WTWP Radio Gets Off to a Slow, But Game Start

A good reason to smile: Don Geronimo, left, and Mike O'Meara's
A good reason to smile: Don Geronimo, left, and Mike O'Meara's "Don & Mike" afternoon drive-time show jumped from No. 15 to No. 4 in the ratings. (Wjfk-fm)
By Paul Farhi
Washington Post Staff Writer
Saturday, July 22, 2006

Washington Post Radio, which debuted three months ago with an unusual newspaper-on-the-radio format, has turned out to be less than stop-the-presses news for listeners, ratings released yesterday show.

WTWP-AM/FM, which broadcasts a blend of news and talk programming featuring Post journalists, ranked No. 21 among 40 or so local stations during the April-to-June period, according to Arbitron Inc., which surveys listeners. The station drew less than 1 percent of the audience (a 0.9 share), and just 0.8 percent of those ages 25 to 54, the audience segment that advertisers most covet.

"It's in the low range of what we expected," said Jim Farley, one of the key architects of the station, which signed on March 30. Farley is vice president of news and programming for WTOP AM-FM, which is owned by Bonneville International Corp., the company that also owns WTWP. (The Post is Bonneville's programming partner on the station but has no ownership stake.)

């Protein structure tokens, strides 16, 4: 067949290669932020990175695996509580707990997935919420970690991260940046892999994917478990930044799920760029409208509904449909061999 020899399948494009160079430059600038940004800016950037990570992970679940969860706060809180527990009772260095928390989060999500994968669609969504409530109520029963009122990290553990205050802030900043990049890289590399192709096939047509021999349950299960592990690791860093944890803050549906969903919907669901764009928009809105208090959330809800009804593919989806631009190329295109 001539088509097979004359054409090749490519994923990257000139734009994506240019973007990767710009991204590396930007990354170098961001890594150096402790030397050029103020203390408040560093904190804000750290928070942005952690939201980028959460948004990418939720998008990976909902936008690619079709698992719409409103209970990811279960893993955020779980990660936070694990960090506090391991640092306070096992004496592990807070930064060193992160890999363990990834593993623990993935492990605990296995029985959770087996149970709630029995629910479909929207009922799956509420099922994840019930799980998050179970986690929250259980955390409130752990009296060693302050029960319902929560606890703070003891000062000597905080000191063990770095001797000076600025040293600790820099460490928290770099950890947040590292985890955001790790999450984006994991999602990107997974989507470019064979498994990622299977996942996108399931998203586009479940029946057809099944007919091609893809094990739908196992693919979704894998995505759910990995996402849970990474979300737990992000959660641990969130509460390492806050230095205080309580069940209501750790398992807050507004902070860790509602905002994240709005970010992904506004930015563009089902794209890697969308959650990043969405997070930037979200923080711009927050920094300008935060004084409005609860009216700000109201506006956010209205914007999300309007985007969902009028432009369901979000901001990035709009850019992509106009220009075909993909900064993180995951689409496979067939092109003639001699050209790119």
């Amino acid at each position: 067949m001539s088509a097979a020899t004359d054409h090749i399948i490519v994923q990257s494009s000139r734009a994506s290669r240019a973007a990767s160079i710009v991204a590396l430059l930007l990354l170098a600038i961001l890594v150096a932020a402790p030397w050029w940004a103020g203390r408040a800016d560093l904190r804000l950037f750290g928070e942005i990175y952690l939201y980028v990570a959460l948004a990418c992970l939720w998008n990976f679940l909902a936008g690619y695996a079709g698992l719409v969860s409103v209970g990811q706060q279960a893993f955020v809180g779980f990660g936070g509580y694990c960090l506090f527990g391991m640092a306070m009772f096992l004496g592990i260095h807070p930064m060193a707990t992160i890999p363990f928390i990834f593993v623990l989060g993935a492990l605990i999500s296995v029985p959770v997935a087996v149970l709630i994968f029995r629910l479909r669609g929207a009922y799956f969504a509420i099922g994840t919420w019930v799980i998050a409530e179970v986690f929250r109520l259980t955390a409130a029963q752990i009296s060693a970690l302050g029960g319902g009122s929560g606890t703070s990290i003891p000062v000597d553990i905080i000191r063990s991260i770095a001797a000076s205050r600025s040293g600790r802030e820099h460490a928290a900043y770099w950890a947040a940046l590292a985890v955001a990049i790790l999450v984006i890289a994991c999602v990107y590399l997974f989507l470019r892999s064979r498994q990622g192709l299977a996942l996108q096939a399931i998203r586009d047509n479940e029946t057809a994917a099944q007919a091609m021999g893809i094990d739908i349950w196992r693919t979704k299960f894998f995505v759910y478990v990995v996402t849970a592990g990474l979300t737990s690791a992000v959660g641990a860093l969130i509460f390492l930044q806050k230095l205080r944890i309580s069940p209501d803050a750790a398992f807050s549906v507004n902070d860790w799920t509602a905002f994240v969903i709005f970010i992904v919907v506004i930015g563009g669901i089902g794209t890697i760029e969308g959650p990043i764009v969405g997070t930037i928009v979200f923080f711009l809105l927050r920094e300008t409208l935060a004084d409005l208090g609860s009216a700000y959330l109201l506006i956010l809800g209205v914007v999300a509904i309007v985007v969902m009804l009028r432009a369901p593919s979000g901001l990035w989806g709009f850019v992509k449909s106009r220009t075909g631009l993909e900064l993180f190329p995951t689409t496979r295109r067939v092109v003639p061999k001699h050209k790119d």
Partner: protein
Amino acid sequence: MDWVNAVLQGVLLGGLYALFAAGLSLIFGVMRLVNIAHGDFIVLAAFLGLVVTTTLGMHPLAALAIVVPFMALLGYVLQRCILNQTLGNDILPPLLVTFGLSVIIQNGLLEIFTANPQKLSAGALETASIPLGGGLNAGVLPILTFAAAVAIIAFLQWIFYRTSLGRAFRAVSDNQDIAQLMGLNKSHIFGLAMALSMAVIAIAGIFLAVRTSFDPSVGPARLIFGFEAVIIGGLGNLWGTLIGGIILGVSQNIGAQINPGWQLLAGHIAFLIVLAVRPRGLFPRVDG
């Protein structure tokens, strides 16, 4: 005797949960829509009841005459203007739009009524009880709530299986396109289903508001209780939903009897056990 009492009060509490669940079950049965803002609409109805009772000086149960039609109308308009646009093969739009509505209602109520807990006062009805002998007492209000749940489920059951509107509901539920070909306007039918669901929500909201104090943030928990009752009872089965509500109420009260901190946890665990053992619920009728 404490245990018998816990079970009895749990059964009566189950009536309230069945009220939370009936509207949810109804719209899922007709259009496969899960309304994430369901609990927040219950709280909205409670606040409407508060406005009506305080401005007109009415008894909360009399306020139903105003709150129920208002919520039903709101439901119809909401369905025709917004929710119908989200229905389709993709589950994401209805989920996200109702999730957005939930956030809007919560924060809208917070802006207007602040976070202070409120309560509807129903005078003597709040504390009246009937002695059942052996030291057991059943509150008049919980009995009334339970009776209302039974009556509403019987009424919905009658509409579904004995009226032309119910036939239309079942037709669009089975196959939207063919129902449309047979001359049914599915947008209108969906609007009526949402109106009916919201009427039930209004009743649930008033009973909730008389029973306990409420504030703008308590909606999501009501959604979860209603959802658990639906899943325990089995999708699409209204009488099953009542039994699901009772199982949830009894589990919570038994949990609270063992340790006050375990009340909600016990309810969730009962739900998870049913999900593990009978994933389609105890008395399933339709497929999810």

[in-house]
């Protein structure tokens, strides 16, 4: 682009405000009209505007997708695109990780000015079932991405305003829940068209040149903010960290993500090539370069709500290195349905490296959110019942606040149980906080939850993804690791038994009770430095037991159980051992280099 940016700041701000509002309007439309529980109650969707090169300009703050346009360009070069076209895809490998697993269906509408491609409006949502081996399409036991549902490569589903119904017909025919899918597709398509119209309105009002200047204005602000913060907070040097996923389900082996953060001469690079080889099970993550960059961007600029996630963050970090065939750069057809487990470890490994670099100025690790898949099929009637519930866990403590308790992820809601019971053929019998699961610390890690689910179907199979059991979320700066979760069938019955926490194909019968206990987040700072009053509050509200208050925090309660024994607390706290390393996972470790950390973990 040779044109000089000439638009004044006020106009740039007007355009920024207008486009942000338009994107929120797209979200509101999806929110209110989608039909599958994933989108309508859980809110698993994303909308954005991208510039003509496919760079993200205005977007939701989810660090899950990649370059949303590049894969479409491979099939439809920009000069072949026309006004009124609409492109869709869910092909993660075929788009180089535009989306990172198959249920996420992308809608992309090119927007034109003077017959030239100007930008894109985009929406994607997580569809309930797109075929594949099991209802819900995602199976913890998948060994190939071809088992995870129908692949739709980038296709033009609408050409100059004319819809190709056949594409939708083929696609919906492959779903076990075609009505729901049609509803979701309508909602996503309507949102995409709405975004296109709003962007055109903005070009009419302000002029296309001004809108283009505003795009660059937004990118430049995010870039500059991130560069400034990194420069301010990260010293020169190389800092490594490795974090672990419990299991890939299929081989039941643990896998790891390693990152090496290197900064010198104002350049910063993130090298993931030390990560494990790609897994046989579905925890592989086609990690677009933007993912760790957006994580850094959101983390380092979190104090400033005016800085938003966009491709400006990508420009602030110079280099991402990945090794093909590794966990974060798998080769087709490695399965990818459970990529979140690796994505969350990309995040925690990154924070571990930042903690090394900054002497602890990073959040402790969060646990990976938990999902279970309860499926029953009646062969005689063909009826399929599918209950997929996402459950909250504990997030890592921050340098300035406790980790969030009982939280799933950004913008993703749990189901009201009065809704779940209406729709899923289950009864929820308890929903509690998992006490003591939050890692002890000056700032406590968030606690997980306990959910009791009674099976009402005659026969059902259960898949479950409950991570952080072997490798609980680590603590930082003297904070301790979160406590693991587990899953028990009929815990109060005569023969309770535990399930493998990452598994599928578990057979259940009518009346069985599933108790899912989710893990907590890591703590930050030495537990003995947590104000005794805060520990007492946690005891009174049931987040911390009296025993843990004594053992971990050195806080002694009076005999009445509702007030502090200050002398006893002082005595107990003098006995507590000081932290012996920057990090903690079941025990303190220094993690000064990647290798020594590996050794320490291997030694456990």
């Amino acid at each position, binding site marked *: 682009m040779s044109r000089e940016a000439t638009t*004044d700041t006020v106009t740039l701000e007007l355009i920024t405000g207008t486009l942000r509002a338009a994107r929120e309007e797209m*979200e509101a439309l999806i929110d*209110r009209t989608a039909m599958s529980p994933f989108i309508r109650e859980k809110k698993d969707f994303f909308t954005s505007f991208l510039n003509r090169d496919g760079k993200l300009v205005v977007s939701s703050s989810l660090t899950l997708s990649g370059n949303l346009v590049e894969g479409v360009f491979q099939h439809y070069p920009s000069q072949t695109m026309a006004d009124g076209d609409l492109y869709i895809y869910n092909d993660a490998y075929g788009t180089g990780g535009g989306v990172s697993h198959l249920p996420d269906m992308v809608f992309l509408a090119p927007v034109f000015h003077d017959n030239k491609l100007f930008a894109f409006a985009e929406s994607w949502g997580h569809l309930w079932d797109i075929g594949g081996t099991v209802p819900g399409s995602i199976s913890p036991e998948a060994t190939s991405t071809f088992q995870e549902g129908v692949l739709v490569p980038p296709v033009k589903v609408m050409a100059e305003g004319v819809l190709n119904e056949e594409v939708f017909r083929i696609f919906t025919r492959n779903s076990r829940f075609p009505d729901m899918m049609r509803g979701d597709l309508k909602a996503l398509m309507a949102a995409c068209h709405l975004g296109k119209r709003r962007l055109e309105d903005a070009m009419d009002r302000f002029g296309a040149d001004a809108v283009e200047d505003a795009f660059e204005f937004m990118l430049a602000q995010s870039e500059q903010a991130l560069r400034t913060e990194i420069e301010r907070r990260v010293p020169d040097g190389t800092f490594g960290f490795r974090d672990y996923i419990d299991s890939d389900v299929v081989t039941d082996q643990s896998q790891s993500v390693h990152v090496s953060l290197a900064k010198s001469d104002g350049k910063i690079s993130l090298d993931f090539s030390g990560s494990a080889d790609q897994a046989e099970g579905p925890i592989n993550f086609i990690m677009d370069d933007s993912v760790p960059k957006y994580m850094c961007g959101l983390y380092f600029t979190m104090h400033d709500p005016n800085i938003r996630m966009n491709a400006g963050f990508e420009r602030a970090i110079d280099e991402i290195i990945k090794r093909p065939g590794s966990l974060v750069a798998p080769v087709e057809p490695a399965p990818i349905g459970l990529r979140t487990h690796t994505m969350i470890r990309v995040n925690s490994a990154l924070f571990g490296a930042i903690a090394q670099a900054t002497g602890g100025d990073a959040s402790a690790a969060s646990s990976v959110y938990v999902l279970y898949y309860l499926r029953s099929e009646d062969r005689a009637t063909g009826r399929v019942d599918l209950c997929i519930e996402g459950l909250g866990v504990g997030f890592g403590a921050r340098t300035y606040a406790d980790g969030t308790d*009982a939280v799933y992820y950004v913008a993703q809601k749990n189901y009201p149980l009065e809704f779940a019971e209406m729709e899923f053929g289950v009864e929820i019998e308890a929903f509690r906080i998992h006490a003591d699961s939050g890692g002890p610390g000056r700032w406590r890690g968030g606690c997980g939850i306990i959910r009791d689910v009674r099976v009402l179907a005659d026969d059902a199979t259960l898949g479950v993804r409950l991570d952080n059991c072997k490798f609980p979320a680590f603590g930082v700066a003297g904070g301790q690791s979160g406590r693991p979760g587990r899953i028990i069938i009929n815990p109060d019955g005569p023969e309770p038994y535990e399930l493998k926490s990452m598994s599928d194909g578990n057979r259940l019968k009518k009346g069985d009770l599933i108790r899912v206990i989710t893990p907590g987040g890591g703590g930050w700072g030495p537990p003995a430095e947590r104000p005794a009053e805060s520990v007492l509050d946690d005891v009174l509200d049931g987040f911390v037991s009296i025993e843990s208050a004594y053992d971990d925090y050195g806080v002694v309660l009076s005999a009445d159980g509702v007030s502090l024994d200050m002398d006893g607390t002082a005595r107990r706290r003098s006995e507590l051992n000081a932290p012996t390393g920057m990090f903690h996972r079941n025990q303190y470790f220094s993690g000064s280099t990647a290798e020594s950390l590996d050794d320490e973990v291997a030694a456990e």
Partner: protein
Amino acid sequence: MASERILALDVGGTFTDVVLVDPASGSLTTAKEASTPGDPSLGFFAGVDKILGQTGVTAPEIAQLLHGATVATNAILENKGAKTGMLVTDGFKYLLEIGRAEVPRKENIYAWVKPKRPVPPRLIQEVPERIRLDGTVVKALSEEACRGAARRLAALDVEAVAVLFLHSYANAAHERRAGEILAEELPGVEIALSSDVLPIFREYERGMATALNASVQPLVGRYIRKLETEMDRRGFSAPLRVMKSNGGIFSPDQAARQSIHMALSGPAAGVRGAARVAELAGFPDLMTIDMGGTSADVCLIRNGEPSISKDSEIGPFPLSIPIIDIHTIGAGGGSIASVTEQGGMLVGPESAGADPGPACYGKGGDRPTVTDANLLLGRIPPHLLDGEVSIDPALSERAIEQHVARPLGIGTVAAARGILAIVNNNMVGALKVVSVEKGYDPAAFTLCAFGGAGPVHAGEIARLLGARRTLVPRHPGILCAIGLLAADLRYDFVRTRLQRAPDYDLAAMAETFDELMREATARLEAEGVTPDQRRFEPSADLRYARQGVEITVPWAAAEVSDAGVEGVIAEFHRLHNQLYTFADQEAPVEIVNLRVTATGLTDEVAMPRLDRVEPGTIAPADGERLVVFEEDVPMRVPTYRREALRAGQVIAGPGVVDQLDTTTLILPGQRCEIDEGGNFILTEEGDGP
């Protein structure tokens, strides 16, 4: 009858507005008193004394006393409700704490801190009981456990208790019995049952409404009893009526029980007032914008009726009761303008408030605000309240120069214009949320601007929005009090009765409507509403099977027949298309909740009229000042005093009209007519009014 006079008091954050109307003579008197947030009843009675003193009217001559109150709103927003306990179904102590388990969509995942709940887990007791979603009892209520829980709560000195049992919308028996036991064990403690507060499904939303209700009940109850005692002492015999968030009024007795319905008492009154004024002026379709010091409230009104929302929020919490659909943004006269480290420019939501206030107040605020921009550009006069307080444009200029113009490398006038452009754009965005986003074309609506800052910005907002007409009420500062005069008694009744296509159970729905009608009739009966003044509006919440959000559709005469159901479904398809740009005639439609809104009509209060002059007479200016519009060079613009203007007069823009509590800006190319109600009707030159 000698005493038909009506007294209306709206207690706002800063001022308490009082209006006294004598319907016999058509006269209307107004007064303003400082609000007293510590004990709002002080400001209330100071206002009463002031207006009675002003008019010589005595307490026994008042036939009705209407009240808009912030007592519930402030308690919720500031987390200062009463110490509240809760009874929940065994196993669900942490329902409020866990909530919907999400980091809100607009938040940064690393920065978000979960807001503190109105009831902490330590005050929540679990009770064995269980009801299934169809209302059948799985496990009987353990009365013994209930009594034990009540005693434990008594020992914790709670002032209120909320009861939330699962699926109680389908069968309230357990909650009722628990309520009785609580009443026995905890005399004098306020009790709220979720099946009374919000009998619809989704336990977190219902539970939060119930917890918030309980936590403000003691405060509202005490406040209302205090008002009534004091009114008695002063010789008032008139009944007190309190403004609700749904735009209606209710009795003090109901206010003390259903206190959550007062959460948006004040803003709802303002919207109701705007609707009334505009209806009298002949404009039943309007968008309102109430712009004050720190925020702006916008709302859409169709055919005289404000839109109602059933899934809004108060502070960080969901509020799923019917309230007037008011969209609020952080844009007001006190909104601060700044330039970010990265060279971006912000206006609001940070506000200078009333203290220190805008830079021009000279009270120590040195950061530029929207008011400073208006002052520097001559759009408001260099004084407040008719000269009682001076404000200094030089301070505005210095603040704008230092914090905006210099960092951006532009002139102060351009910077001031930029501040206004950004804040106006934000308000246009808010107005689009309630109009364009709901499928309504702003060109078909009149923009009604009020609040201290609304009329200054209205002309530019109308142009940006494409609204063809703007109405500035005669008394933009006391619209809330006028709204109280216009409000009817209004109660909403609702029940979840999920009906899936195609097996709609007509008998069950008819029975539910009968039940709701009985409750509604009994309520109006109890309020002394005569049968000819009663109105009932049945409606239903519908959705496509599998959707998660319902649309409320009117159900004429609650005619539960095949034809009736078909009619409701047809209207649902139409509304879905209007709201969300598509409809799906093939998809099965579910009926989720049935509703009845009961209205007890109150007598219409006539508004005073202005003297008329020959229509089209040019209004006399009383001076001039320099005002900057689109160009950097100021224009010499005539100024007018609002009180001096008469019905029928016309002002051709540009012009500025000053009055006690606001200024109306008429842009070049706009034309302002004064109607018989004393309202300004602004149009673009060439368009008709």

For a station that touted itself as "NPR on caffeine," a large amount of WTWP's audience came not from its daily news discussion shows, but rather from its broadcasts of Washington Nationals games. The games helped boost the station's evening ratings to a 1.8 percent audience share, which is exactly twice its average share the rest of the time.

Farley, however, said the station's programming was being widely, if briefly, sampled, accumulating an average of 205,000 people per week. That figure beats more established stations, such as sports-talker WTEM-AM (173,600 per week), and nearly matches guy-talker WJFK-FM (208,500).

"We're getting people in the house," Farley said. "If they stick around longer, we will move up quickly" in the ratings, which are based on listeners tuning in at least 15 minutes at a time.

The advent of WTWP triggered a complicated shift on the dial among Bonneville's portfolio of local stations, and listeners might still be having trouble finding the station, said Tina Gulland, the Post's director of radio and TV projects.

WTWP took WTOP's former frequencies (107.7 FM and 1500 AM) and WTOP moved to WGMS's spot (103.5 FM); WGMS moved to the position occupied by the late Z104 (103.9 and 104.1 FM).

"Overall, it's a credible, not earth-shattering start. . . . It's still early," Gulland said.

In other developments during the ratings period:

ยท WJFK-FM's post-Howard Stern reconstruction proceeded apace. The biggest winners might have been afternoon drive-time cut-ups Don & Mike, who bounded from a dismal No. 15 in the January-to-March quarter to No. 4 in the latest survey. D&M also finished second among listeners 25 to 54 years old, and first among men. Stern's morning replacement, the Junkies, matched Stern's best performance of last year among men 25-54, said Michael Hughes, who oversees the station.

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